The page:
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Journal Article

A forkhead-domain gene is mutated in a severe speech and language disorder[Letters to Nature]

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Lai, C. S. L., Fisher, S. E., Hurst, J. A., Vargha-Khadem, F., & Monaco, A. P. (2001). A forkhead-domain gene is mutated in a severe speech and language disorder[Letters to Nature]. Nature, 413, 519-523. doi:10.1038/35097076.


Cite as: http://hdl.handle.net/11858/00-001M-0000-0012-CB9C-F
Abstract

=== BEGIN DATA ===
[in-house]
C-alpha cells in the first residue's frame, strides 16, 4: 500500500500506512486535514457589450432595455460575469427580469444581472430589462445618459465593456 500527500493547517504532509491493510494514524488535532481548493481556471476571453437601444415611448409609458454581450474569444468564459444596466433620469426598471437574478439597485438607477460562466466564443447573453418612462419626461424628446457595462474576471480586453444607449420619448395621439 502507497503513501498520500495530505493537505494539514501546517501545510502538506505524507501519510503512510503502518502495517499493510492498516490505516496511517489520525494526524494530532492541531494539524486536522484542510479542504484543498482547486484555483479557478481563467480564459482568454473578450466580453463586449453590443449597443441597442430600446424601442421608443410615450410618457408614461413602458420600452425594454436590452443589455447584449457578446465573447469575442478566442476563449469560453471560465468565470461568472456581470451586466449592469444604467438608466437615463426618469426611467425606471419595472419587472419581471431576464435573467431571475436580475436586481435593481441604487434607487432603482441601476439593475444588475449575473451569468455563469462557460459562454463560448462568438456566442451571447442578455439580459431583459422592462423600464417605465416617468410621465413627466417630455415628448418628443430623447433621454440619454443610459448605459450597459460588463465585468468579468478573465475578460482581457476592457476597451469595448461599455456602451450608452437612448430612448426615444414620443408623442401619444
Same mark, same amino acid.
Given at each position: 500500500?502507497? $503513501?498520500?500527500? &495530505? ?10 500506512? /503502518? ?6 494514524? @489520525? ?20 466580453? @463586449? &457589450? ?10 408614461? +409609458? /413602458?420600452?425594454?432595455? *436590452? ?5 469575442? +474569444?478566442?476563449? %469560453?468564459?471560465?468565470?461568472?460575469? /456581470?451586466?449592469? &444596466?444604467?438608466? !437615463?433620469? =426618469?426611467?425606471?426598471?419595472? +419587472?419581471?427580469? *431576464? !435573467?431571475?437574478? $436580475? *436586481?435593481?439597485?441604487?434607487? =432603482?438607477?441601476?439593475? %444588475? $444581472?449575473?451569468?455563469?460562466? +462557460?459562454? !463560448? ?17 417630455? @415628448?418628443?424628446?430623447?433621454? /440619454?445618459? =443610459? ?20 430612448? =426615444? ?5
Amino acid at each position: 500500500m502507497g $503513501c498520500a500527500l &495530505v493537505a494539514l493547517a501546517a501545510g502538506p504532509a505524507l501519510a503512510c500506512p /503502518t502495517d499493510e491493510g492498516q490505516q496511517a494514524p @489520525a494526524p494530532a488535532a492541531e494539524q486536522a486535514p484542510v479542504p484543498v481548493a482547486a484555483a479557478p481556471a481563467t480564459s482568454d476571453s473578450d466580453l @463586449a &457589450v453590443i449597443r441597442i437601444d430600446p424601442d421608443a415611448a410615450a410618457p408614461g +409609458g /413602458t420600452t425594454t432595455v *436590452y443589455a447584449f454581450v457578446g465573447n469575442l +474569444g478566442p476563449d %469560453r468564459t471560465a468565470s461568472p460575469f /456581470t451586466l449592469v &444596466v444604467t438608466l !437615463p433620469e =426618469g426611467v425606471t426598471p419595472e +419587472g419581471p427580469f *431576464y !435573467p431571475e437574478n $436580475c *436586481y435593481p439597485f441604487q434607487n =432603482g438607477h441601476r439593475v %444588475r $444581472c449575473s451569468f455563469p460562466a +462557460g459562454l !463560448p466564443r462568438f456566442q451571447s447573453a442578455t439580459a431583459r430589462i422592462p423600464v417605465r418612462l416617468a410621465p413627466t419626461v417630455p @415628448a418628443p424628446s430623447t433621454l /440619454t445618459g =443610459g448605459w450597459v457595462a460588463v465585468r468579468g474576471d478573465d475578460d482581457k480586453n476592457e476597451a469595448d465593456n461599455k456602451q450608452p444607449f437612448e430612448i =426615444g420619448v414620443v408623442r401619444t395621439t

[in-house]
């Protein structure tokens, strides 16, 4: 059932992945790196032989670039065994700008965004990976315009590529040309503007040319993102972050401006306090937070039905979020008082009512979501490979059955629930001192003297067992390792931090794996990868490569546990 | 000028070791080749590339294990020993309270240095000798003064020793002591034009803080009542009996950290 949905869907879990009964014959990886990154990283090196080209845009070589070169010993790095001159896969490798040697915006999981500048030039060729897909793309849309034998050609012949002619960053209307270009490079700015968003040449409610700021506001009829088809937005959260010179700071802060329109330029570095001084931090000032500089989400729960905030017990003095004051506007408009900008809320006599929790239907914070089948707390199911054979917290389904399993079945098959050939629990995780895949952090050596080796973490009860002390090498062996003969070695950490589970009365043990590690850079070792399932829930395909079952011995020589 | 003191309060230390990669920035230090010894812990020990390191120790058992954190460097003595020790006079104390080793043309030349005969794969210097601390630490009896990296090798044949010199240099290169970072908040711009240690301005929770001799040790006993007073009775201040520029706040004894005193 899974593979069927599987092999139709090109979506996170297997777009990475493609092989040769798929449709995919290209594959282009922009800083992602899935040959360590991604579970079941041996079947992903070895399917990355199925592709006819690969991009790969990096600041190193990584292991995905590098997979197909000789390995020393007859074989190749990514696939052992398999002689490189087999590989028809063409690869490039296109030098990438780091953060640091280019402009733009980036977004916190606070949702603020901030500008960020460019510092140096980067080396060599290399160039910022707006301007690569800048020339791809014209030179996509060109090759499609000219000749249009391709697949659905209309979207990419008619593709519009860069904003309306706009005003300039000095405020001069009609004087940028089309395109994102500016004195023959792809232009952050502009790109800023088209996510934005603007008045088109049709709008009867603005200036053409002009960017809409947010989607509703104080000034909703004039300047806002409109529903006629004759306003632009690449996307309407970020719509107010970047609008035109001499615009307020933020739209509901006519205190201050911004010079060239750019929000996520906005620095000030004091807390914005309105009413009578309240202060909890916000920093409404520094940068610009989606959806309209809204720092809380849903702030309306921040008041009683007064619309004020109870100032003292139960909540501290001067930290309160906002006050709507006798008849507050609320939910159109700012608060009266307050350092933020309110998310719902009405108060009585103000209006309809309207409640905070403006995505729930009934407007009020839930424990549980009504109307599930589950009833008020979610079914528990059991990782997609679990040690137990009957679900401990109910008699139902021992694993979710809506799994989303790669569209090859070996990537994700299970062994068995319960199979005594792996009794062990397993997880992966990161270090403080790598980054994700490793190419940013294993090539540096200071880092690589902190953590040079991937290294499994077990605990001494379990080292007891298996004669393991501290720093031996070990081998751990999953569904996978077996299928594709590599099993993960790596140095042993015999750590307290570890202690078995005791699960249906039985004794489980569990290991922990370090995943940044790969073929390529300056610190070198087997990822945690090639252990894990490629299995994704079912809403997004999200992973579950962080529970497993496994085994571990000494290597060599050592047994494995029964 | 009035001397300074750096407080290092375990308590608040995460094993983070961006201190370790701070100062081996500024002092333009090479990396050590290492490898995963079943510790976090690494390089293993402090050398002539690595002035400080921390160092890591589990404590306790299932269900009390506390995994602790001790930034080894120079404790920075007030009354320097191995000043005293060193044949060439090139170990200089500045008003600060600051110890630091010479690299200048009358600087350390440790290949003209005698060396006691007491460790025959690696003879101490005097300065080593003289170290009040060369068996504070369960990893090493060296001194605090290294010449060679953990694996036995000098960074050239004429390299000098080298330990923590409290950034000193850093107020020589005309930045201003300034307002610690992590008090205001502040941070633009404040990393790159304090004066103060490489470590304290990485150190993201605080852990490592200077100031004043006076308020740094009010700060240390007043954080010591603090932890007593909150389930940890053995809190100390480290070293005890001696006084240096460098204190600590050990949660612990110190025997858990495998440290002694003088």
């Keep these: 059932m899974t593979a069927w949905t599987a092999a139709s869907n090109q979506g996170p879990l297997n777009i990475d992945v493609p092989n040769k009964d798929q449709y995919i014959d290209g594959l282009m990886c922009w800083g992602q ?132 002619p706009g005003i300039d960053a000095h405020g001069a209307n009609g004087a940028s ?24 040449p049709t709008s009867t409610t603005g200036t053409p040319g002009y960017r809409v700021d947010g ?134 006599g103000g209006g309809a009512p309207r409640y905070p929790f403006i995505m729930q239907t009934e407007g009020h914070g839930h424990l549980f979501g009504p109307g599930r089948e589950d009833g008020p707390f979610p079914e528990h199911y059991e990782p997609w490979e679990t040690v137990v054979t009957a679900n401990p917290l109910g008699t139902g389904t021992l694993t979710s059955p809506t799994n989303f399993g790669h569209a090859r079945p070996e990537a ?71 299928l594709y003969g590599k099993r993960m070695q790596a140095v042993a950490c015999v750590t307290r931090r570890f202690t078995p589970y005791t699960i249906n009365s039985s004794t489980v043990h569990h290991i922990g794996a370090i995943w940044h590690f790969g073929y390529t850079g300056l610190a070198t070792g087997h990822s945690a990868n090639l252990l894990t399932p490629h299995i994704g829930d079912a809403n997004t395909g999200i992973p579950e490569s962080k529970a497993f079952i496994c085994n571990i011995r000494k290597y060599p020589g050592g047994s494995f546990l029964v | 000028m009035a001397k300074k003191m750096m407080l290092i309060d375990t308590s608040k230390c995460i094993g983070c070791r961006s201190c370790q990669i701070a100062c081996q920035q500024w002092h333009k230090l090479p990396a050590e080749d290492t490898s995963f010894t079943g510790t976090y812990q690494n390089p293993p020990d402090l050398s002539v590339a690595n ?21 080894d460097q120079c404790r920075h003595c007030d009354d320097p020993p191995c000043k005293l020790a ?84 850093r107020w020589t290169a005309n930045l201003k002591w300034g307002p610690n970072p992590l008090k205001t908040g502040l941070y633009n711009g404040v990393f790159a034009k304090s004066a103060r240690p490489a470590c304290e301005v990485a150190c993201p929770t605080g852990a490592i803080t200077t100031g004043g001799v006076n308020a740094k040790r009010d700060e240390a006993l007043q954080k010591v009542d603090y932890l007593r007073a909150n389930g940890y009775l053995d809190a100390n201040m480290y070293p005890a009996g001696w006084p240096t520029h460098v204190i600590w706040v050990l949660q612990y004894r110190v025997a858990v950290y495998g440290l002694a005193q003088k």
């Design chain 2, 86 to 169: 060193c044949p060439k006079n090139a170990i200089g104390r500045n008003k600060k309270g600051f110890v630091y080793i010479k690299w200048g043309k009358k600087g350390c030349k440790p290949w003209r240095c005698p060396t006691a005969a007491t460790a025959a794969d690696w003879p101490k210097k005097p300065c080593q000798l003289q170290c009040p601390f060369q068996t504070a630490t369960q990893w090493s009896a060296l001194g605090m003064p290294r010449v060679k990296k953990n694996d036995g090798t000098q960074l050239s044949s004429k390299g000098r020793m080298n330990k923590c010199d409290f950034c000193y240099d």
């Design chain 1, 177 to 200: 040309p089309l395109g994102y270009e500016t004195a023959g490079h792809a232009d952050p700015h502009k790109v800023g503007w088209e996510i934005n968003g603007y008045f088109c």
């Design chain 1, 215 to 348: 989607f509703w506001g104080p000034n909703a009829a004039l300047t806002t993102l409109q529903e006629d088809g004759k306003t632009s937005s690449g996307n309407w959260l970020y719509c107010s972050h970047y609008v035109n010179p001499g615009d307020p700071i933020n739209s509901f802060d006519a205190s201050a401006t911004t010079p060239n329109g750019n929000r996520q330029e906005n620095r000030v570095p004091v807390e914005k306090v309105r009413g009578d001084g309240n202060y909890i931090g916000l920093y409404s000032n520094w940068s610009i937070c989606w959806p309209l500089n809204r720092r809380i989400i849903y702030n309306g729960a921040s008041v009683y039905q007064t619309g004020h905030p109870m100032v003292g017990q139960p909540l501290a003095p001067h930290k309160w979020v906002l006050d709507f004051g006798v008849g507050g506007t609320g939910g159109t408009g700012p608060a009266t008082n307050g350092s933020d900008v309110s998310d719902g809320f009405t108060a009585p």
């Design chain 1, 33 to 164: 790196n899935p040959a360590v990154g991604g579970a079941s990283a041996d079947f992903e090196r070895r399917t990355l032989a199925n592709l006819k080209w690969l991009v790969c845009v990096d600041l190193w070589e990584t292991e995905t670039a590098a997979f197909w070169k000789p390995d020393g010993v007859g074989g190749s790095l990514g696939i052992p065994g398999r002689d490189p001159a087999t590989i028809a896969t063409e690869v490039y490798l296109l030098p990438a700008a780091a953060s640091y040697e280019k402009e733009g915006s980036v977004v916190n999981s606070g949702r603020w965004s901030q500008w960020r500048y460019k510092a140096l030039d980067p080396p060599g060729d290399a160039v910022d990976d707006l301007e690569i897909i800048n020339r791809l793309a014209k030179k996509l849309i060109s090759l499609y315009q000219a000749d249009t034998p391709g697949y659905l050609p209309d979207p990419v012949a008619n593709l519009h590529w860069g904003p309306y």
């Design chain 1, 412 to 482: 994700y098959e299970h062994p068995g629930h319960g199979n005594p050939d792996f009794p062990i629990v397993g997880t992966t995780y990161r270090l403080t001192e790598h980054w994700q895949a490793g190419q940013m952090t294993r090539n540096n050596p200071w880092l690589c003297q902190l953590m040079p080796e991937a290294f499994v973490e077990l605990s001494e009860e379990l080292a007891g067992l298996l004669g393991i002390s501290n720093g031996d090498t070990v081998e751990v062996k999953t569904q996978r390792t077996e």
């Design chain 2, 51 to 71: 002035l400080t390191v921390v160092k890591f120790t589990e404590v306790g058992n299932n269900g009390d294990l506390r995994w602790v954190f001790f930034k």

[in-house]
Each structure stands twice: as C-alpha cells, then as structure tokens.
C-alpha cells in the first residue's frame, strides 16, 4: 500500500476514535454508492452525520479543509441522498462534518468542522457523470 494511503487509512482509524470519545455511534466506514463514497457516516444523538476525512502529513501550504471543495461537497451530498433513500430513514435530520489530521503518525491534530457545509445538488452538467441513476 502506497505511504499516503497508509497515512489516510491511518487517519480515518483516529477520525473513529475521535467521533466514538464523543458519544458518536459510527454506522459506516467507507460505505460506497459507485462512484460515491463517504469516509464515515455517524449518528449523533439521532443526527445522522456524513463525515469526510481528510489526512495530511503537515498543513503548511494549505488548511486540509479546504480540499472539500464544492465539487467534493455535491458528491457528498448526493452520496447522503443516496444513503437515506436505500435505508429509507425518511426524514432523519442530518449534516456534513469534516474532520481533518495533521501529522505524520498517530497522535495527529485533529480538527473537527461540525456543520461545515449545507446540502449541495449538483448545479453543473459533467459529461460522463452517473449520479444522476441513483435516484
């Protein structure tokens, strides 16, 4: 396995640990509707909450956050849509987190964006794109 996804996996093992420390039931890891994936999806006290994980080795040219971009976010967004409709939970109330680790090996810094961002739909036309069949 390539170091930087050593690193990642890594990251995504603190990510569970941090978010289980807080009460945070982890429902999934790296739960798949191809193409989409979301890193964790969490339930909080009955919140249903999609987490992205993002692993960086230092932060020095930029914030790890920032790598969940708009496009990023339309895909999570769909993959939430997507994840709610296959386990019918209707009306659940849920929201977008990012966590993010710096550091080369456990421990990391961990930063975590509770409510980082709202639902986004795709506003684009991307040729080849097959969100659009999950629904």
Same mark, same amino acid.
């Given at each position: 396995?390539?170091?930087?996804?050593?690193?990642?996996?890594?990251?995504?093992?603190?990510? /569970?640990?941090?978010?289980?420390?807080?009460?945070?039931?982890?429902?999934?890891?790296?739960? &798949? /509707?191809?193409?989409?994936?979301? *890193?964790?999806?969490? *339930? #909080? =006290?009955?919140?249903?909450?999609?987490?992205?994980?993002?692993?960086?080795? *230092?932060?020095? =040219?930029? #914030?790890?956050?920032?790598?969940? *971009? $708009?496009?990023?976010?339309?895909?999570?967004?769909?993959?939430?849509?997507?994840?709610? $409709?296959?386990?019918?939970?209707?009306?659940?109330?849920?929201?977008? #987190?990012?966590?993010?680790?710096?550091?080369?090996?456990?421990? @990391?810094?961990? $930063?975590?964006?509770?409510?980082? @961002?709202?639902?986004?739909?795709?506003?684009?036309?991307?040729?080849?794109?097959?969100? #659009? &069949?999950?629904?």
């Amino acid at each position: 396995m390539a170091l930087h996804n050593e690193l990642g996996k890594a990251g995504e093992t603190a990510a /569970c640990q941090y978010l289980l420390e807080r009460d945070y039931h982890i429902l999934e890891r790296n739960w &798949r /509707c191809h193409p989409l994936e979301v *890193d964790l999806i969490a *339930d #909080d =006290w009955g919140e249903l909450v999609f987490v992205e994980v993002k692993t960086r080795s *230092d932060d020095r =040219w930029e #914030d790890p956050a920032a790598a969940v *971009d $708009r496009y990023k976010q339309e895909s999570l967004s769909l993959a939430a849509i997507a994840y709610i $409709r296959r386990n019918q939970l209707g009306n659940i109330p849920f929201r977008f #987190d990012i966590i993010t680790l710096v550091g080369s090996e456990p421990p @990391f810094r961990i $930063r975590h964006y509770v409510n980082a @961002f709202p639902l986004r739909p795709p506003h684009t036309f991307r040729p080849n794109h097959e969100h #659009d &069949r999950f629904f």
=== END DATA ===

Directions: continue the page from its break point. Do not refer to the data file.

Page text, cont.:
Individuals affected with developmental disorders of speech and language have substantial difficulty acquiring expressive and/or receptive language in the absence of any profound sensory or neurological impairment and despite adequate intelligence and opportunity. Although studies of twins consistently indicate that a significant genetic component is involved, most families segregating speech and language deficits show complex patterns of inheritance, and a gene that predisposes individuals to such disorders has not been identified. We have studied a unique three-generation pedigree, KE, in which a severe speech and language disorder is transmitted as an autosomal-dominant monogenic trait. Our previous work mapped the locus responsible, SPCH1, to a 5.6-cM interval of region 7q31 on chromosome 7 (ref. 5). We also identified an unrelated individual, CS, in whom speech and language impairment is associated with a chromosomal translocation involving the SPCH1 interval. Here we show that the gene FOXP2, which encodes a putative transcription factor containing a polyglutamine tract and a forkhead DNA-binding domain, is directly disrupted by the translocation breakpoint in CS. In addition, we identify a point mutation in affected members of the KE family that alters an invariant amino-acid residue in the forkhead domain. Our findings suggest that FOXP2 is involved in the developmental process that culminates in speech and language